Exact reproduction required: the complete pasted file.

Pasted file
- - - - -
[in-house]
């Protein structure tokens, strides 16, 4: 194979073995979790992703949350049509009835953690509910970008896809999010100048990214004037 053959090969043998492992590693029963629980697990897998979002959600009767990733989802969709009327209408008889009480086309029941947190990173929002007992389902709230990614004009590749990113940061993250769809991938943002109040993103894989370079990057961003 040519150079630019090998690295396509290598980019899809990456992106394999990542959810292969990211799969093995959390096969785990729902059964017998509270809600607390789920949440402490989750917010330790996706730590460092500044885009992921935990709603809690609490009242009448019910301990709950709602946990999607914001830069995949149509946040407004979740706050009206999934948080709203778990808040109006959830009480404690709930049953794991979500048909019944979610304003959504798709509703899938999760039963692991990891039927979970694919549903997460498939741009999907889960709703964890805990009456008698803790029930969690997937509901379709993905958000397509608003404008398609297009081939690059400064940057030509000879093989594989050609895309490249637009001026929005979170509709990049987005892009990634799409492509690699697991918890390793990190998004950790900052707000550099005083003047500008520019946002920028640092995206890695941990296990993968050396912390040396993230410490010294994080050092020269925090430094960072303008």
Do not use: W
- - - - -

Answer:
[in-house]
């Protein structure tokens, strides 16, 4: 194979073995979790992703949350049509009835953690509910970008896809999010100048990214004037 053959090969043998492992590693029963629980697990897998979002959600009767990733989802969709009327209408008889009480086309029941947190990173929002007992389902709230990614004009590749990113940061993250769809991938943002109040993103894989370079990057961003 040519150079630019090998690295396509290598980019899809990456992106394999990542959810292969990211799969093995959390096969785990729902059964017998509270809600607390789920949440402490989750917010330790996706730590460092500044885009992921935990709603809690609490009242009448019910301990709950709602946990999607914001830069995949149509946040407004979740706050009206999934948080709203778990808040109006959830009480404690709930049953794991979500048909019944979610304003959504798709509703899938999760039963692991990891039927979970694919549903997460498939741009999907889960709703964890805990009456008698803790029930969690997937509901379709993905958000397509608003404008398609297009081939690059400064940057030509000879093989594989050609895309490249637009001026929005979170509709990049987005892009990634799409492509690699697991918890390793990190998004950790900052707000550099005083003047500008520019946002920028640092995206890695941990296990993968050396912390040396993230410490010294994080050092020269925090430094960072303008």
Do not use: W